Defense Date


Document Type


Degree Name

Master of Science


Human Genetics

First Advisor

Dr. Jerome F. Strauss III

Second Advisor

Dr. Maria Teves

Third Advisor

Dr. Devanand Sarkar


Polycystic ovary syndrome (PCOS) is the leading cause of anovulatory infertility and the most common endocrinopathy of women of reproductive age. Genome-wide association studies (GWAS) identified a number of loci associated PCOS in different ethnic populations, including women with Asian and European ancestry. Replication studies have confirmed some of these associations. Among the loci identified are those located near the LH receptor gene (LHCGR), a clathrin-binding protein gene (DENND1A) that also functions as a guanine nucleotide exchange factor, and the gene encoding RAB5B, a GTPase and protein involved in vesicular trafficking. The functional significance of one of these GWAS candidates (DENND1A) was supported by our discovery that a truncated protein splice variant of DENND1A termed DENND1A.V2, is elevated in PCOS theca cells, and that forced expression of DENND1A.V2 in normal theca cells increased CYP11A1 and CYP17A1 expression and androgen synthesis, a hallmark of PCOS. We previously proposed that the PCOS GWAS loci could be assembled into a functional network that contributes to altered gene expression in ovarian theca cells, resulting in increased androgen synthesis. Here we demonstrate the localization of LHCGR, DENND1AV.2 and RAB5B proteins in various cellular compartments in normal and PCOS theca cells. hCG and forskolin stimulation affects the distribution and co-localization of DENND1A.V2 and RAB5B in various cellular compartments This cytological evidence supports our PCOS gene network concept, and raises the intriguing possibility that LHCGR activation, via a cAMP-mediated process, promotes the translocation of DENND1A.V2 and RAB5B-containing vesicles from the PCOS theca cell cytoplasm into the nucleus, resulting in increased transcription of genes involved in androgen synthesis.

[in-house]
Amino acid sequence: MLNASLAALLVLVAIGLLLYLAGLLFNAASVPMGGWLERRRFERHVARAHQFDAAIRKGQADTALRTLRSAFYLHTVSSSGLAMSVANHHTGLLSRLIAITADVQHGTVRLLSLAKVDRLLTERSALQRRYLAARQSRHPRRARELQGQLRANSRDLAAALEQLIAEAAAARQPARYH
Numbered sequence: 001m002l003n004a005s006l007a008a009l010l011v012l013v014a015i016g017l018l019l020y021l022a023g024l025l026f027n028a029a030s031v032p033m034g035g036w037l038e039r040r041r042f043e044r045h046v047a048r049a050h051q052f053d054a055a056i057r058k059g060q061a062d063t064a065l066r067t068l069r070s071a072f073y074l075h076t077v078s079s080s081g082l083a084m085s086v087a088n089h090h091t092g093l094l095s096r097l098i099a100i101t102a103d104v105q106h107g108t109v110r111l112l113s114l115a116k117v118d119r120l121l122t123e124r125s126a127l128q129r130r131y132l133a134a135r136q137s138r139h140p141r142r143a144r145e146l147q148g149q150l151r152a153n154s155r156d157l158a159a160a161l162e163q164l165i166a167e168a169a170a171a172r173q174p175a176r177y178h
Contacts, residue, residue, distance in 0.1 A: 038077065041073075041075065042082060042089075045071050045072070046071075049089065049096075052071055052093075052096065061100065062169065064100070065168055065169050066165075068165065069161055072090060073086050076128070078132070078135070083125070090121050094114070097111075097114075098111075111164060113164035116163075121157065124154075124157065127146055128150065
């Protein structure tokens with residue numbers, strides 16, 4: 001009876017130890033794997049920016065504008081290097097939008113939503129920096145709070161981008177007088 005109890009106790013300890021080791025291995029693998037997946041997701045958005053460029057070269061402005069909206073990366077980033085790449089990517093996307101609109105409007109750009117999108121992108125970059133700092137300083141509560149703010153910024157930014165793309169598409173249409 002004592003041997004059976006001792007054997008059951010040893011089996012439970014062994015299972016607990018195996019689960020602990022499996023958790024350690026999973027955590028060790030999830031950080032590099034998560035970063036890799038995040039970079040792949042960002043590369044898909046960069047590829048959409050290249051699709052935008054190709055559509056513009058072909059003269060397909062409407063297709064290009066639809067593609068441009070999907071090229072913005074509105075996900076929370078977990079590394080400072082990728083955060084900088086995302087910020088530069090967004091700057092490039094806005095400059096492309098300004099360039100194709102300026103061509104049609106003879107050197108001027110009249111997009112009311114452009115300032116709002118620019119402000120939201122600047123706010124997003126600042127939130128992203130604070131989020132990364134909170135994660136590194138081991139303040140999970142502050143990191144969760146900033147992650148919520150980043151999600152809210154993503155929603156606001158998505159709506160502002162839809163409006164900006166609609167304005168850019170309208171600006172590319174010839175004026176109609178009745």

© Rewa Kulkarni

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